Credit: Warner Brothers

‘The Flash’ paradoxically shines in the slower moments

Ten years ago, Superman returned to our screens in Man of Steel, as DC fought a losing battle to keep up with the Marvel juggernaut. To say the studio’s output has been variable in quality since would be an understatement, and that’s why this version of the DC Extended Universe is soon to be rebooted. It’s the job of The Flash to bring things to a close, and to go out with a bang, and to do so, the studio looked to the past – in particular, the greatest-ever version of its most iconic hero, Batman. However, there was one aspect that DC couldn’t rely on the past for, and that was how to address the truly unique situation they faced leading up to the film’s release. Due to lead star Ezra Miller garnering media attention for troubling behaviour in their personal life, the film’s promotion relied on endorsements from notable figures. Ranging from Stephen King to Tom Cruise, they boldly proclaimed the film as the greatest superhero film since The Dark Knight. The end result is, like much of DC’s output, soaring at times and underwhelming at others, although this film, fortunately, lands more in the former camp.

Barry Allen (Ezra Miller) is juggling his time as the Flash with his job and an appeal for his father, who is wrongly imprisoned for Barry’s mother’s murder many years ago. Barry learns that, if he runs fast enough, he is able to travel back in time, and despite warnings from Bruce Wayne (Ben Affleck), he decides to return and prevent his mother’s death. His actions create a new reality in which Barry’s mother (Maribel Verdú) is still alive – but, as discovered by him when General Zod (Michael Shannon) invades Earth, no meta-humans. Teaming up with a younger and more immature alternate version of himself, Barry learns that there is still one hero in this world – but, as he discovers on a trip to Wayne Manor, this hero is not the same man he was before.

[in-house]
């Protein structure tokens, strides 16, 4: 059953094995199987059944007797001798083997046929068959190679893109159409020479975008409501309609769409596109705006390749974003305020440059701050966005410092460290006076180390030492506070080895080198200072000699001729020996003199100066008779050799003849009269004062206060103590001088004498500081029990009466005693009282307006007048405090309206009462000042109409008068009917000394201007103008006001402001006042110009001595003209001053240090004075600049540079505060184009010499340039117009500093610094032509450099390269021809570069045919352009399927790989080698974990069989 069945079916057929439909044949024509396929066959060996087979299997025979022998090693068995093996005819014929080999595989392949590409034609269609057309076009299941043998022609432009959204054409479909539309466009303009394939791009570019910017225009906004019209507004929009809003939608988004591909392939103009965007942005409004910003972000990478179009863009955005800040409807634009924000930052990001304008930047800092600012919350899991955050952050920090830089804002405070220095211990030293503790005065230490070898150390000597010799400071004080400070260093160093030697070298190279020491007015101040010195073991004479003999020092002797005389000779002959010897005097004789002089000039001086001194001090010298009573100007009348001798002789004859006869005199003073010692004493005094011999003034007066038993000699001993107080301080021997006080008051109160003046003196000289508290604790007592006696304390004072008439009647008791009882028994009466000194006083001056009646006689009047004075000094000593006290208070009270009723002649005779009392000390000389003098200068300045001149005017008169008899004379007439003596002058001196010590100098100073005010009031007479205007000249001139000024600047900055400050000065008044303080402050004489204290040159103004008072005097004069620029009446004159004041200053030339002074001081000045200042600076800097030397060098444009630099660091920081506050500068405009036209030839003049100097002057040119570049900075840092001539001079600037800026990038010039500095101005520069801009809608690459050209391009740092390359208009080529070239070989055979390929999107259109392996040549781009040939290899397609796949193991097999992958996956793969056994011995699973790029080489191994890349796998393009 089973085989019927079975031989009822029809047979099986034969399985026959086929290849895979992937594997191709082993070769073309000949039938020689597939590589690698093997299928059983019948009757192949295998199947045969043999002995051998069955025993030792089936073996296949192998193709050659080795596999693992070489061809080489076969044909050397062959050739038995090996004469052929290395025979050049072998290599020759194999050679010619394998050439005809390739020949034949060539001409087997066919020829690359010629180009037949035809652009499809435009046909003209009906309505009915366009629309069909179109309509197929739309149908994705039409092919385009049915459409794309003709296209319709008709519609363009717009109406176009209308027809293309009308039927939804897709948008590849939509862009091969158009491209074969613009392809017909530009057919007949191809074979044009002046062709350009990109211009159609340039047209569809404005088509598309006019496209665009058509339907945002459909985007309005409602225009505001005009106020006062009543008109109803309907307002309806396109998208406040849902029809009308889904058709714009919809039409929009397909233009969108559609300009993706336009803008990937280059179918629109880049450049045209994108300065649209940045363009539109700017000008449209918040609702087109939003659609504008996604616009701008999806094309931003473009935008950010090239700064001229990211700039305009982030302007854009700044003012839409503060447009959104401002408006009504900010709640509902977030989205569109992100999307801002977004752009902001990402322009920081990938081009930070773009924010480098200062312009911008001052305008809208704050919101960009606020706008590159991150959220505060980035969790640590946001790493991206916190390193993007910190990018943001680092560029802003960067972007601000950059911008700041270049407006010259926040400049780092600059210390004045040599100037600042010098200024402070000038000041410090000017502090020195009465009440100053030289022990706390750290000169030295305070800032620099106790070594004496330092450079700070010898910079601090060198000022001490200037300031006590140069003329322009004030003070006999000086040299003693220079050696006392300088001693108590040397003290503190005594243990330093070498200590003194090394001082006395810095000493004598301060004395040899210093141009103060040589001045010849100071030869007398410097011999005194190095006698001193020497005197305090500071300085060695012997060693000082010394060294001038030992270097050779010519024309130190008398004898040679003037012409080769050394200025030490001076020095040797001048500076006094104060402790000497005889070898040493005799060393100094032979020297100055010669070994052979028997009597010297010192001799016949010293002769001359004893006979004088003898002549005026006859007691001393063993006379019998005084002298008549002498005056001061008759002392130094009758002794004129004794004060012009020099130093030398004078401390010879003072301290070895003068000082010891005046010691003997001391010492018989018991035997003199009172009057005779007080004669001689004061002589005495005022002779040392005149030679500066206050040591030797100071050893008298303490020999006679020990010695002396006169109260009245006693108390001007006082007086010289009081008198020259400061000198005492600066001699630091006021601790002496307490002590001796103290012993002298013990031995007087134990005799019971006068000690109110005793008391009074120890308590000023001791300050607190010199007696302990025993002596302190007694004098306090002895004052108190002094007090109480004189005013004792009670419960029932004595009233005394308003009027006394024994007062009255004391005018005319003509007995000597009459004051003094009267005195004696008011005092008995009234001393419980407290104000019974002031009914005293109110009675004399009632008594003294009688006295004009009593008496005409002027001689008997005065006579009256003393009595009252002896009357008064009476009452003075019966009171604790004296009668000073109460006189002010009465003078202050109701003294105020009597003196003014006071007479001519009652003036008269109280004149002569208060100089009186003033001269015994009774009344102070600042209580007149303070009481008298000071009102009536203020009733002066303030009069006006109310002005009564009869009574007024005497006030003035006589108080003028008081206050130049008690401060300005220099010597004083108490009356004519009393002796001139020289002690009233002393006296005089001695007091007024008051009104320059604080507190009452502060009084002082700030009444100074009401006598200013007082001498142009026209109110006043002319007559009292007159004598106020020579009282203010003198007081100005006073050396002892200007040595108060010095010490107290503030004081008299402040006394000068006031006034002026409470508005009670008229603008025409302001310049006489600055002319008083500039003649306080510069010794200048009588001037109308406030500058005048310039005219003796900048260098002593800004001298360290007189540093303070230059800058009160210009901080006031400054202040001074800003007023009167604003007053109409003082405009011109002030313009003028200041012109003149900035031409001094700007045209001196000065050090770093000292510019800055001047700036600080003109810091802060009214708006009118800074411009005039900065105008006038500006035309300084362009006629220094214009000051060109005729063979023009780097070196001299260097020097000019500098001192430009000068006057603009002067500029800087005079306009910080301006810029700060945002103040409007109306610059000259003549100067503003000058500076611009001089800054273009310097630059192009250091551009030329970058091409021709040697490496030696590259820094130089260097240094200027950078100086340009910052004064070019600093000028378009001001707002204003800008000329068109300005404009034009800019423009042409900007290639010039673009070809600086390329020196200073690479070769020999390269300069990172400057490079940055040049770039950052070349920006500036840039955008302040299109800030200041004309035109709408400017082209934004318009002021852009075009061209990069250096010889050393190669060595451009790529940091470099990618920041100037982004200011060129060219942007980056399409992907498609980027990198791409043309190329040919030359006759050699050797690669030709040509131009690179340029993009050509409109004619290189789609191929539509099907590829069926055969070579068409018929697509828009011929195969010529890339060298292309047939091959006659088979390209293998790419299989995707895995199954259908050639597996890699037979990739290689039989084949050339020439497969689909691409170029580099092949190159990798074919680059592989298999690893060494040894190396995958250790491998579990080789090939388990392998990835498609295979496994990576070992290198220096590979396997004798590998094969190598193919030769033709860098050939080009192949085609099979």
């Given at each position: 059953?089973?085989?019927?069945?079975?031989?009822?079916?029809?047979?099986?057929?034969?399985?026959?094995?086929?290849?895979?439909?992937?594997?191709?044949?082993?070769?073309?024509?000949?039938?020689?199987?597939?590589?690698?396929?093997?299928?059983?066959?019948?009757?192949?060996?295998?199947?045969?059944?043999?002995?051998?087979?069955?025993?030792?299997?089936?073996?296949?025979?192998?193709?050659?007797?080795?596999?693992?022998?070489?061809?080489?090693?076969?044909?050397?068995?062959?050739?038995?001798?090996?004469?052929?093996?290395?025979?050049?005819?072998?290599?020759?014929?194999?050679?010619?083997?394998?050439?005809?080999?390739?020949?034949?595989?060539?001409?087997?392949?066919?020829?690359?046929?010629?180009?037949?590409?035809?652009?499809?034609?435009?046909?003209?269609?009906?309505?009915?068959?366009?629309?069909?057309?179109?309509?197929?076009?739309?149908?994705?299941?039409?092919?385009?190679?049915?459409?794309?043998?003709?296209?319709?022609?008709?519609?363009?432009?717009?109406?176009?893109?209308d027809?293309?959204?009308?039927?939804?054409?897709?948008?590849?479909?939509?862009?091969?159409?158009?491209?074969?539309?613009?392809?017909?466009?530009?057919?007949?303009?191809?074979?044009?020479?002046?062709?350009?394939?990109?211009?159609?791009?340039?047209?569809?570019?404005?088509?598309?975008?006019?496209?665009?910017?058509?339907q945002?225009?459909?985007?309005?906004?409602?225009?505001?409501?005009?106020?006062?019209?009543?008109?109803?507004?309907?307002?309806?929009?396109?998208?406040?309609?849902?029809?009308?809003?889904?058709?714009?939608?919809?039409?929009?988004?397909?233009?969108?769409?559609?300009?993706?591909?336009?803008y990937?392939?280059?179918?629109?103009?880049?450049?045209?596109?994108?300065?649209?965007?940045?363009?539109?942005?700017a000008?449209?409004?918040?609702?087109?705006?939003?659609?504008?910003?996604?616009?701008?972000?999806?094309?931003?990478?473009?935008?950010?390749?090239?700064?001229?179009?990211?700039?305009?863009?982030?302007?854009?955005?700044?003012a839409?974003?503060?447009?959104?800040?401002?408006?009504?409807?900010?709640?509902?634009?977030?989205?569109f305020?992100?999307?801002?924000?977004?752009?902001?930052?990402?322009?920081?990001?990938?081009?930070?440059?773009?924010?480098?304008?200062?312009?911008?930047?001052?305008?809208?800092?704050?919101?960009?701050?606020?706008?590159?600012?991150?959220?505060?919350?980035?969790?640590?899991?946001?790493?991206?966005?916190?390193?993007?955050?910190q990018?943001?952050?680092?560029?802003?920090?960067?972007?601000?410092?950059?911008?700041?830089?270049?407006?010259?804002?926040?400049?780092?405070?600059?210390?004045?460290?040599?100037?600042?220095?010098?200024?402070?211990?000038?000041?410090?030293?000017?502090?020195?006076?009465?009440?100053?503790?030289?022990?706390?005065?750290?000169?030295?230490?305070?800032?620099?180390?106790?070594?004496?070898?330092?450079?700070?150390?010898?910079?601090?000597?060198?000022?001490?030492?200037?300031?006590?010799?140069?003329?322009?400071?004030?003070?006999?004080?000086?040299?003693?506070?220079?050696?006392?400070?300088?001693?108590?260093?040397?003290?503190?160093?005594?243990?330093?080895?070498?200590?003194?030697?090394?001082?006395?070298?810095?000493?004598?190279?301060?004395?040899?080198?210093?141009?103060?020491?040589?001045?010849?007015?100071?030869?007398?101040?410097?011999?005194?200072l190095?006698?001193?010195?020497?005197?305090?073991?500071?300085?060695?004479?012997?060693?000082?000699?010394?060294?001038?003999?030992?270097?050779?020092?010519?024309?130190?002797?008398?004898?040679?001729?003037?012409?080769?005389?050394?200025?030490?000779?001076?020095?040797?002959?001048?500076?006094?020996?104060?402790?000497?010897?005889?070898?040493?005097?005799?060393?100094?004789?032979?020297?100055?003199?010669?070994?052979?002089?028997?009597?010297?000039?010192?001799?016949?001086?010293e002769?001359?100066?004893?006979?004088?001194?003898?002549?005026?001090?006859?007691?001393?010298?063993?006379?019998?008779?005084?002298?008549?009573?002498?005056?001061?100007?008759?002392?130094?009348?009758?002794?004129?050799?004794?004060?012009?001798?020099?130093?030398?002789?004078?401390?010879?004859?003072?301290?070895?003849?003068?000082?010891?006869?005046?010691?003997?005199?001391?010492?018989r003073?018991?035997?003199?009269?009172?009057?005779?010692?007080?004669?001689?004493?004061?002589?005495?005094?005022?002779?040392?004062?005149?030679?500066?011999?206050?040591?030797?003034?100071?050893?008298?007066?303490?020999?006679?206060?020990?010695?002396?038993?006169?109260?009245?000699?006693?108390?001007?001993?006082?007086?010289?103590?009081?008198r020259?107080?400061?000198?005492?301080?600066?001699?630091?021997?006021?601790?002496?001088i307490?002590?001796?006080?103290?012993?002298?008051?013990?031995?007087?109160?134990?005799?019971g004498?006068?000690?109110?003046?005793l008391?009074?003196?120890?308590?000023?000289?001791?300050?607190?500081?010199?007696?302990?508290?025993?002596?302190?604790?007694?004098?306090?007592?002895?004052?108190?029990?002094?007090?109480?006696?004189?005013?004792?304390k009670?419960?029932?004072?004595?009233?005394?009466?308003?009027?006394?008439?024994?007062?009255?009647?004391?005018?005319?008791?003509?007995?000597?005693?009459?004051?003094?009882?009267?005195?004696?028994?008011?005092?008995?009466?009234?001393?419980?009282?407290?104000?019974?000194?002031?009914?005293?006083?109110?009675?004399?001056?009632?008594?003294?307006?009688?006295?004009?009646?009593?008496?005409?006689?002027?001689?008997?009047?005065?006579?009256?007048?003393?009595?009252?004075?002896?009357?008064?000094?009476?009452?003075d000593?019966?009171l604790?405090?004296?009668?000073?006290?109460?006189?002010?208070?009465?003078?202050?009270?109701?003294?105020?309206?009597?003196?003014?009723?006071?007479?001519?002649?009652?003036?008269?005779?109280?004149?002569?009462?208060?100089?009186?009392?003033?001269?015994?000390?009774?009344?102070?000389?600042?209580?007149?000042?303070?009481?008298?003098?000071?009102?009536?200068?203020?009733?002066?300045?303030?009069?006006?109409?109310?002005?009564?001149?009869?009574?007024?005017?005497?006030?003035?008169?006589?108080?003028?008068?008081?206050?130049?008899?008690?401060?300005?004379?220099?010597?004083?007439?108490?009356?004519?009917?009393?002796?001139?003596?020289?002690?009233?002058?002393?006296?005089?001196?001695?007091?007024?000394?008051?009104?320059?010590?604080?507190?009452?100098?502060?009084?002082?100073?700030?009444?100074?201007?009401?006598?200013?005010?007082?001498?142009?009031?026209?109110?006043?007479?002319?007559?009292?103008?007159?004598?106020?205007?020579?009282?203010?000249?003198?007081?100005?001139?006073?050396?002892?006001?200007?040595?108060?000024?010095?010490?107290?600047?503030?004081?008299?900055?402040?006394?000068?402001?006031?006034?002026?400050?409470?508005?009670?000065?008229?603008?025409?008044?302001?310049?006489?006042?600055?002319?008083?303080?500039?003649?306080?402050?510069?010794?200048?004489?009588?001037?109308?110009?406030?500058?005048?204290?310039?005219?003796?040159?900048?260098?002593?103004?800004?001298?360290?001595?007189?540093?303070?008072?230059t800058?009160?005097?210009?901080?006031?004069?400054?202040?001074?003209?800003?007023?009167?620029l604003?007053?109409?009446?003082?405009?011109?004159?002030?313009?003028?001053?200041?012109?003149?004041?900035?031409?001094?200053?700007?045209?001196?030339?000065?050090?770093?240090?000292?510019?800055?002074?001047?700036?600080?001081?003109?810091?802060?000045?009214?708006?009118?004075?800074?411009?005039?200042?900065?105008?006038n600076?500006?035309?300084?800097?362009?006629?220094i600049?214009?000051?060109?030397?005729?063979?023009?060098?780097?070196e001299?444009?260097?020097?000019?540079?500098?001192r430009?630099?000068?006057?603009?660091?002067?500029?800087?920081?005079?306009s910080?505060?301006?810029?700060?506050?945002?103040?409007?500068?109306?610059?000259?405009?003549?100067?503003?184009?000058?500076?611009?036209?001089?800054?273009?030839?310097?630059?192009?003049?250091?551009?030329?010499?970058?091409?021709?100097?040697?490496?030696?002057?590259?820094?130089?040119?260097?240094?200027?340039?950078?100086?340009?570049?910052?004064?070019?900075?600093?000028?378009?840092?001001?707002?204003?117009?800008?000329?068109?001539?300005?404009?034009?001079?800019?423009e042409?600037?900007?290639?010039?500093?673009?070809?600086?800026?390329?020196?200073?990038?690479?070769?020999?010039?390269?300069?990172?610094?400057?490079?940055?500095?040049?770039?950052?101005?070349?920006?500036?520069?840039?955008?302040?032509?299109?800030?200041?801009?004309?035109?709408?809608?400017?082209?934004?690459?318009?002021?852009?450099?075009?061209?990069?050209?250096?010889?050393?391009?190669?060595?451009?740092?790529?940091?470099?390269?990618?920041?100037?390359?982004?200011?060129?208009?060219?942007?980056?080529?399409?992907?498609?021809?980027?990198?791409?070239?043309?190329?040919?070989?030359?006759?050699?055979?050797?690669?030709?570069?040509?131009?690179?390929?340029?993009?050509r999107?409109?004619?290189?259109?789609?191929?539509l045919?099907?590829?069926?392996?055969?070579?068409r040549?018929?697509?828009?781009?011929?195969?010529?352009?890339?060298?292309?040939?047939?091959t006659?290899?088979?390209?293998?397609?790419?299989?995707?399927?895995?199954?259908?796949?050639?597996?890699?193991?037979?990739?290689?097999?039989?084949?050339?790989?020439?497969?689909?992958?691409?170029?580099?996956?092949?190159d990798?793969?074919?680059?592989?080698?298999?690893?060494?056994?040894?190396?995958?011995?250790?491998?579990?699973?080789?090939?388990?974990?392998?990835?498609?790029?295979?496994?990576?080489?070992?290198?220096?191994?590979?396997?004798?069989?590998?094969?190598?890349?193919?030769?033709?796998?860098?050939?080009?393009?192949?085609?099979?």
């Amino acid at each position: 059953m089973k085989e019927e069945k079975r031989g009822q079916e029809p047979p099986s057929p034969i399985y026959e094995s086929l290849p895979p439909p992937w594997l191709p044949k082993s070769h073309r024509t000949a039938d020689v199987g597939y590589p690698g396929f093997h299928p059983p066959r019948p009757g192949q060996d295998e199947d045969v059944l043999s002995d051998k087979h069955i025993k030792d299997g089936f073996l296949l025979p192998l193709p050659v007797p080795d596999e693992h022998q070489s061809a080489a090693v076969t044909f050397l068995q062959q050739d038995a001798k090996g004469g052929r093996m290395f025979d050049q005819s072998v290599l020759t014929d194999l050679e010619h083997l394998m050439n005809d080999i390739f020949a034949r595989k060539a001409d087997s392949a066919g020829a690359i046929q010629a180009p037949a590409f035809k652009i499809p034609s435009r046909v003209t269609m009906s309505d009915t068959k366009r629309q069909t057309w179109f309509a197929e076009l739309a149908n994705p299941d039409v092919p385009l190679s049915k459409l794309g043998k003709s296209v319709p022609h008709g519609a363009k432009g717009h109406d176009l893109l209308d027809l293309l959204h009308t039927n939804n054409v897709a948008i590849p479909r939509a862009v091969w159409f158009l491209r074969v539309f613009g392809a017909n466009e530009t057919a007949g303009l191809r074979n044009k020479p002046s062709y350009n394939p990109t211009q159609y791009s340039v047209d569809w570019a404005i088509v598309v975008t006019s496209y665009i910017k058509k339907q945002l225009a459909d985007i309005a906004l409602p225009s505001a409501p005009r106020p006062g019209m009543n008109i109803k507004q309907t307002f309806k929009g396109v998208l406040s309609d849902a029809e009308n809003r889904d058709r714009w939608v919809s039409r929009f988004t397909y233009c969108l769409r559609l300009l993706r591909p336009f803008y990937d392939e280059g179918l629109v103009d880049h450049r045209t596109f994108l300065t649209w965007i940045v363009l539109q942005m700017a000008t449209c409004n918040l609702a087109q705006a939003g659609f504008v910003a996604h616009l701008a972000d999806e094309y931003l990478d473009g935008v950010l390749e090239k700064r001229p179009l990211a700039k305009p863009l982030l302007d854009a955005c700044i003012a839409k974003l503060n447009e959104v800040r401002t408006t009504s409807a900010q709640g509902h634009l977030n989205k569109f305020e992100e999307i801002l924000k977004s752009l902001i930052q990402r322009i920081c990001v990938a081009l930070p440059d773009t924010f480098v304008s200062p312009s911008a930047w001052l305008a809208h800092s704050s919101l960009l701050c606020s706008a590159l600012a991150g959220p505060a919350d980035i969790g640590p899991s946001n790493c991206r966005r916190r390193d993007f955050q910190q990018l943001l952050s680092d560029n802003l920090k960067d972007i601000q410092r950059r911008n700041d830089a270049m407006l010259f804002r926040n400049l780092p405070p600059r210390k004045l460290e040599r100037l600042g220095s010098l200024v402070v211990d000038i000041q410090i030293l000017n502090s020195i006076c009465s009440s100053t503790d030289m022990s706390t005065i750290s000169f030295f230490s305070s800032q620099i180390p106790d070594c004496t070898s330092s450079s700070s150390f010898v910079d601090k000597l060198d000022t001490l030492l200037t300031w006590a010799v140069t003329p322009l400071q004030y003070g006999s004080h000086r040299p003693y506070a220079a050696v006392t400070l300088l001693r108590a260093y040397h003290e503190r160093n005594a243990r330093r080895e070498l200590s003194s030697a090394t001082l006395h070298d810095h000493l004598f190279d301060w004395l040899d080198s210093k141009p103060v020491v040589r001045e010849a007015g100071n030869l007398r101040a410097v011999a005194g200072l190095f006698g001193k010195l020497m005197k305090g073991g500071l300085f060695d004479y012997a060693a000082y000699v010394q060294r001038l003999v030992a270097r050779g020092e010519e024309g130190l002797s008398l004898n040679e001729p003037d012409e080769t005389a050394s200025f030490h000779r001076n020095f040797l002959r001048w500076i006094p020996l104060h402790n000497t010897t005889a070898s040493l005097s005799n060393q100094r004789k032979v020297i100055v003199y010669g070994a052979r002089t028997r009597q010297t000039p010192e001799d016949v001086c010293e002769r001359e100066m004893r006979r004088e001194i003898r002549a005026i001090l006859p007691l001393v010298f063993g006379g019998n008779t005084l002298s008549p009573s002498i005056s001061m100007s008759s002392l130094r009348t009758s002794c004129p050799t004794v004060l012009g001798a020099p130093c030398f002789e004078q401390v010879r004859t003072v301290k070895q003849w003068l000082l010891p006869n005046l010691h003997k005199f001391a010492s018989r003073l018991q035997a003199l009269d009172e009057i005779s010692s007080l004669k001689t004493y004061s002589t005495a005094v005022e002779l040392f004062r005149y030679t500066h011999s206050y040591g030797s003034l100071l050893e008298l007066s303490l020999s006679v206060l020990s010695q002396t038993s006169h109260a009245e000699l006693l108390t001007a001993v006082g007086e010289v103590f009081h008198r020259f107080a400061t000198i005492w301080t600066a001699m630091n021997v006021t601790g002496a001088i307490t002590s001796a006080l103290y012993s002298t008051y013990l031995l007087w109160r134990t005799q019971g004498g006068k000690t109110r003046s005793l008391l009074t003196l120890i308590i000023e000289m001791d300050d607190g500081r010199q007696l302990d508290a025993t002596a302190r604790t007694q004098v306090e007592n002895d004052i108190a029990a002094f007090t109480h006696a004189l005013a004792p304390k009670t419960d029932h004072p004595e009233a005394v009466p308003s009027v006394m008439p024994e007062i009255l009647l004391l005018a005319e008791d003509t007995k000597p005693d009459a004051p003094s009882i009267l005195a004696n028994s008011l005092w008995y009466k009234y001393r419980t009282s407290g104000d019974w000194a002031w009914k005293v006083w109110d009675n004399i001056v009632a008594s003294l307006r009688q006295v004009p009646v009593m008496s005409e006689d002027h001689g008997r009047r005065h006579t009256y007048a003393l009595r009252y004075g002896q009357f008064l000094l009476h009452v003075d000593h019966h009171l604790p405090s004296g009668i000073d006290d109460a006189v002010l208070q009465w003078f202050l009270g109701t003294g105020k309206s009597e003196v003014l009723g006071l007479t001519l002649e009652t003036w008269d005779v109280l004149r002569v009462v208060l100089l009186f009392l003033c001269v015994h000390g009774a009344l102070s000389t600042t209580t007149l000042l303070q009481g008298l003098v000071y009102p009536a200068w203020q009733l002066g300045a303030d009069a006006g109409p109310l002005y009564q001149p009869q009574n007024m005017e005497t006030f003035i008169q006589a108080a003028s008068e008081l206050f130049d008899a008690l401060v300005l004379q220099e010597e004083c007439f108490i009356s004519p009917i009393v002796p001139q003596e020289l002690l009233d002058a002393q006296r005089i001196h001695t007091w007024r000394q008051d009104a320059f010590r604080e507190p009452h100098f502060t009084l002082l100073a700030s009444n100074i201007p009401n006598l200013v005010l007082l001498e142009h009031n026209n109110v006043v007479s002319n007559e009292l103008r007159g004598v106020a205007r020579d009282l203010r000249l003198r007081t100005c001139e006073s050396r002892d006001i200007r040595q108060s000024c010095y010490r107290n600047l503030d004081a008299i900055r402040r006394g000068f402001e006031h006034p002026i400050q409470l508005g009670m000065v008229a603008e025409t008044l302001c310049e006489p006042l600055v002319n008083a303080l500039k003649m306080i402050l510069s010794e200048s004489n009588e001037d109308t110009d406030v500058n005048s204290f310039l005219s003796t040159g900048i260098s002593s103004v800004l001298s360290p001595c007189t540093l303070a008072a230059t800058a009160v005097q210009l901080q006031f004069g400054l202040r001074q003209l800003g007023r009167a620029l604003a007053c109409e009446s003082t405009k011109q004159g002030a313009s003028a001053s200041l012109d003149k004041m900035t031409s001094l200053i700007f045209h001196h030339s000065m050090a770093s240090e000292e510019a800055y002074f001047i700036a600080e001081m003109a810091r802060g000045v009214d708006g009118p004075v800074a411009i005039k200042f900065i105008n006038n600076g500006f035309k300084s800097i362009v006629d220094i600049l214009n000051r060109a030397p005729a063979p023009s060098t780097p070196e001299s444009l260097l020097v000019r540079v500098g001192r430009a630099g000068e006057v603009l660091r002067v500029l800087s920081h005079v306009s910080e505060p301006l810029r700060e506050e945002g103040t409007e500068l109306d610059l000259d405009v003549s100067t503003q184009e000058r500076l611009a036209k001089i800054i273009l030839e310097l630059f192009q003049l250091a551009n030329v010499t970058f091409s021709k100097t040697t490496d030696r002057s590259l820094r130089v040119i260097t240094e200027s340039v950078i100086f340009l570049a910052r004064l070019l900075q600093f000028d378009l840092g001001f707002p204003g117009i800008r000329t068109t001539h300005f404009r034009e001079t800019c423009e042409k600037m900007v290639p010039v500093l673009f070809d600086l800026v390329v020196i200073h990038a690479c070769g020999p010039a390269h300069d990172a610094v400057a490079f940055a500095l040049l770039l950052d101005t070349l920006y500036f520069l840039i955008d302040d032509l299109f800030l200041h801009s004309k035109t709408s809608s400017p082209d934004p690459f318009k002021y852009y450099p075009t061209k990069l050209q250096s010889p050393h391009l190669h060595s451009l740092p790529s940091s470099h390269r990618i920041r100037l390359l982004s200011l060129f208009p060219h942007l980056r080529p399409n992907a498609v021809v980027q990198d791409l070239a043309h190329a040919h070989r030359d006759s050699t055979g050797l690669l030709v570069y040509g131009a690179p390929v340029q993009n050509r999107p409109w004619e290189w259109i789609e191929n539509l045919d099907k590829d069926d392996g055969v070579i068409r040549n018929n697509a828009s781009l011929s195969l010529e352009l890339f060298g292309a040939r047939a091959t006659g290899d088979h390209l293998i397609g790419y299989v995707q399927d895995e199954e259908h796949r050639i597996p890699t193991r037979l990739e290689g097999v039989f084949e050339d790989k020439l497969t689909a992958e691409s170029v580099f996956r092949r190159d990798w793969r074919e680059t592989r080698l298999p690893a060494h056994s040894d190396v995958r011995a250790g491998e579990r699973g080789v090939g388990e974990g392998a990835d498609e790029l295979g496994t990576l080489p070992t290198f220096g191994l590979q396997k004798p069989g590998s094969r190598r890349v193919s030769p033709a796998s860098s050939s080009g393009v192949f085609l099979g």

Given how annoying Barry has proven in other DC films, it is genuinely astonishing that Miller’s performance carries The Flash. Due to the swathe of bizarre headlines created by Miller’s troublesome off-screen behaviour, this film may not be for some, especially given that they pull a double-duty as two versions of Barry. Yet, I was surprised by how engaging I found them. They’re funny, forming an excellent double act with themselves, and there were even moments of genuine emotion in their performance. Credit must be given to the effects team for executing the duality convincingly, but it couldn’t have been sold without Miller.

Keaton breathes life into Bruce Wayne, as does Affleck – these are two actors, truly having moments in the sun as the DCEU reboots itself, and they’re fine notes on which to sign off

For me, the real attraction of the film was the return of Michael Keaton as Batman. When I was a kid, Keaton was the essential Batman (and, to my mind, still is). He slips back into the role like a glove – although he is essentially a supporting character, he is the standout of the film. Keaton breathes life into Bruce Wayne, as does Affleck – these are two actors, truly having moments in the sun as the DCEU reboots itself, and they’re fine notes on which to sign off. The rest of the supporting cast gets less to do – Shannon looks bored as Zod and Sasha Calle doesn’t get nearly enough screen time to make an impression as Supergirl.

There are good elements in the film – the opening hospital sequence, and a captivating prison break mission featuring Batman and the Flashes. There’s also a scene at the end that moved me to tears – I was not expecting to be hit as hard as I was. But these elements come sandwiched between a number of set pieces that don’t work, and which drag longer than they need to, resulting in a very uneven experience. By the third act, matters devolve into a large and ropey CGI mess that kickstarts the cameo parade, but these appearances are fleeting and, in some cases, too obscure. Elsewhere, the final villain doesn’t get anywhere near the time necessary to feel like an actual antagonist – I’d completely forgotten about them by the time they appeared, which is never a good sign.

The Flash is intended to reboot the DCEU and, as last hurrahs go, this isn’t a bad one. It’s been a sketchy run of films, and this is certainly one of the better ones, helped in no small part by a surprisingly strong lead performance and the return of one of cinema’s most iconic superheroes. It’s at its best when it focuses on the heart that underpins Barry’s journey, and his interactions with the Batmen who guide him – it’s a shame, then, that it needs to do all the bland superhero stuff when there’s a fundamentally strong story to be told here. For a story about a hero who can move incredibly fast, it’s often those quieter, slower moments that really bring out the best The Flash has to offer.


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